He believes there are secular references to Jesus as early as 15 years after his death.
If he comes through with the evidence, be sure to pass it along, because I agree with you that he is wrong.
But even so, what a low standard to set! Would a report from 15 years later have any evidential value? Imagine someone today wrote a book about something that happened in 1998; say the sentencing of Unabomber Ted Kaczynski. Your first question would probably be: did they make effective use of the primary material from the time? My point is, you would not confuse something written 15 years later with primary evidence.
Were you there?
Of course, not one person alive was "there" to witness whether Jesus existed or not.
This doesn't seem to be a problem for christians.
I would ask the question as to whether Mr. Ham was there when Yeshua of Nazareth was allegedly executed on Calvery? There is not a jot or a tittle of written evidence from anyone who was allegedly there and reported on the event. The Christian bible was written a minimum of 30 years after the event by individuals who weren't there, had never met or observed Yeshua, and wouldn't have know who he was if he walked into a room.
"Although M believes that the Ten Commandments set this absolute standard (and prohibit murder), he also stated that if his god told him to kill someone, he would."
I think every person who admits to this fundamental belief about their god - that their god has a right to order them to commit murder - should be put in preventive detention immediately for the safety of the rest of society.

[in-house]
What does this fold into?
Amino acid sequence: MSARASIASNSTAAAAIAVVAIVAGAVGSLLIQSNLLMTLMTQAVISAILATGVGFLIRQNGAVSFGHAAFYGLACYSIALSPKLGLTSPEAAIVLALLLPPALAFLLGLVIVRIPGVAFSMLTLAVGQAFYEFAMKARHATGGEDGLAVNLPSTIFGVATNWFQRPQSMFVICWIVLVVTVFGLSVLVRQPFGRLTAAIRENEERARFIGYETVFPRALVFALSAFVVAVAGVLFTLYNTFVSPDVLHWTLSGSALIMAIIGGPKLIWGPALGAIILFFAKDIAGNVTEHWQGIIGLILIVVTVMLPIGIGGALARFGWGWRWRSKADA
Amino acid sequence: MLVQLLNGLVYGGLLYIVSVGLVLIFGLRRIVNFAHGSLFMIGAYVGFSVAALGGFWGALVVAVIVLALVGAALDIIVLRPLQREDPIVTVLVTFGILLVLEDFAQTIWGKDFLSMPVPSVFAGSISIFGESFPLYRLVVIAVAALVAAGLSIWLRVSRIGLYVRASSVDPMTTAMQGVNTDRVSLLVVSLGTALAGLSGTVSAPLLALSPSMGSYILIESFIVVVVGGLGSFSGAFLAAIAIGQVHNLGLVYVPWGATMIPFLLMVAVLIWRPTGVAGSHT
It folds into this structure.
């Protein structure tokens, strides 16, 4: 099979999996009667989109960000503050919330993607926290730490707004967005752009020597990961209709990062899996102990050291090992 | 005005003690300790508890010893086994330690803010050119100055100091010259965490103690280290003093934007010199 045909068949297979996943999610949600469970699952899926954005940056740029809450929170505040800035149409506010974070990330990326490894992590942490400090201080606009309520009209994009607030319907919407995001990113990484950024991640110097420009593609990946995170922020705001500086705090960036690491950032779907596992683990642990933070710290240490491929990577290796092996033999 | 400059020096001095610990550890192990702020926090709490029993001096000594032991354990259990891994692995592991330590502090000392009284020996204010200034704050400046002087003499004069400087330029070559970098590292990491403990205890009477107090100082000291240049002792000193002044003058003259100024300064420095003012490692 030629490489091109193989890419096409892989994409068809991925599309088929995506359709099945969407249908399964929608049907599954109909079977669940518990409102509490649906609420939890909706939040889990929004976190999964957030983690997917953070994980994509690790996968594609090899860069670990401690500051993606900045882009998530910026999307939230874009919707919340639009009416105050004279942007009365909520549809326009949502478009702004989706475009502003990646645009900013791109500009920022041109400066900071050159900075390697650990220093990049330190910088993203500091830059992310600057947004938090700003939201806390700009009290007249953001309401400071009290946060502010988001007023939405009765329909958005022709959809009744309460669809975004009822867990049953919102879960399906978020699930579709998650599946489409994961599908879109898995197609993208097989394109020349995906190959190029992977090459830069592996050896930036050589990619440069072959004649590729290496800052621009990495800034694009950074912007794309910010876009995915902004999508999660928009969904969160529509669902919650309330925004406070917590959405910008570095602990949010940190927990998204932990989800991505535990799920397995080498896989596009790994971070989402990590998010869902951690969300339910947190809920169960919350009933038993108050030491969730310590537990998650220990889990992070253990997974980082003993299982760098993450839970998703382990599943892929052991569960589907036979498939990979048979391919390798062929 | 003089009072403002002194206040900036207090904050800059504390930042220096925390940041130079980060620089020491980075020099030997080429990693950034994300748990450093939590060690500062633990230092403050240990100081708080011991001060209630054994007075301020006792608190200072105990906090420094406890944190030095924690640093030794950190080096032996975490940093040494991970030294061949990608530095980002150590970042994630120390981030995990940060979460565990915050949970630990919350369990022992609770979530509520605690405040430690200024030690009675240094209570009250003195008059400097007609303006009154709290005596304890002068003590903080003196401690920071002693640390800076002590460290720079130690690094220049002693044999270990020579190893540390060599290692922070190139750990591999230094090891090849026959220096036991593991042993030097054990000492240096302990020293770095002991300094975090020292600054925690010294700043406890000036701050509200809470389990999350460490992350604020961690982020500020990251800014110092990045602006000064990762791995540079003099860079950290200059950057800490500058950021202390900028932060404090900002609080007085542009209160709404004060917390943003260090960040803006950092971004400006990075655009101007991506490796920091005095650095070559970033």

True, as an atheist, I assume his god does not exist and therefore will not ever command him to murder any of us.
But what if this man has a hallucination of it commanding him? He has already proven that he has no moral fiber which would countervail such an impulse. He can't be trusted to hear the little voice of conscience which tells most of us to cool down and wait to see if murder still seems like a good idea when we're sober ...
What would people do if God instructed them to tell a falsehood (or, let's say, just not go into the whole truth about some unimportant matter like the details of a flood)? Is there some moral code higher than the word of God against telling falsehoods (unlike the case with killing people)?
It seems to me a Christian has 3 possible responses to the Midianites:
1. Claim it is ethically OK for their god to kill innocent children -- 'cause he's god and makes the rules.
2. Acknowledge that their god does not live up to ethical standards that we ourselves hold and so is not actually all-good.
3. Acknowledge that their bible is not inerrant and that the Midianite story does not reflect what their god did.
Number three seems the easiest out to me, but one that those committed to the inerrancy of their bible cannot deal with.
Number two seems reasonable, too. Why should their god be all-good? After all, he created Ebola.
But inexplicably, number 1 seems to be the answer I get most often.
You can imagine that if you purposefully pretend that most Christians are biblical fundamentalists, when large numbers of Christians are not. Other ideas are that 1. People lied about God telling them to do that for evil purposes, 2. that it is reported but it never happened the way it was reported, 3. it's a national myth, as some recent archaeological reports indicate much of the "history" in the historical books is. And those are just three ideas. But those books weren't written by Christians, anyway.
I came back to tell you I mention you, again, in my post today.
Your 1, 2, and 3 are subsumed under my 3. I agree entirely that this is a reasonable way to deal with it.
As for your posts, I am completely uninterested in what you have to say.